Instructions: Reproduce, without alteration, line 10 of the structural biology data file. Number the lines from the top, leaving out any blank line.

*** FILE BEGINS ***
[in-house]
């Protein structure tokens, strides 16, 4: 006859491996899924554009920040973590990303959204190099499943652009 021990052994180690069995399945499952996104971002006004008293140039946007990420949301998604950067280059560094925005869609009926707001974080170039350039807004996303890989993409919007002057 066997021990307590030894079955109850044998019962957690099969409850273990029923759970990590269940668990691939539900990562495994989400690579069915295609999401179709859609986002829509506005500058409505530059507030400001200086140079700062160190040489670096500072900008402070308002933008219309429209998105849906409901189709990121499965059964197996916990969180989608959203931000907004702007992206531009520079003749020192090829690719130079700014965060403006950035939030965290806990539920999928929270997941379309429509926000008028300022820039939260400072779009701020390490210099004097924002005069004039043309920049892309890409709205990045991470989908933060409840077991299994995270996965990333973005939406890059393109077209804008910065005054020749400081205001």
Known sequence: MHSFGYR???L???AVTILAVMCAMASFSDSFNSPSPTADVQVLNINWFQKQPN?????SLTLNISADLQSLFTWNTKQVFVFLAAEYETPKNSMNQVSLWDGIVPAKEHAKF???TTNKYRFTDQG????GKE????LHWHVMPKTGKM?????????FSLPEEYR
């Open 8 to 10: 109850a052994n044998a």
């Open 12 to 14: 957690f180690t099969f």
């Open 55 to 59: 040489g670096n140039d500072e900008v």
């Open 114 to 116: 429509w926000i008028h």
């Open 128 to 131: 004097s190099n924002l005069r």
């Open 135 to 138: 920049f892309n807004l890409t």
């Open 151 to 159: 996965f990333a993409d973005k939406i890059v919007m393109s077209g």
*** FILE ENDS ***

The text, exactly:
């Open 151 to 159: 996965f990333a993409d973005k939406i890059v919007m393109s077209g």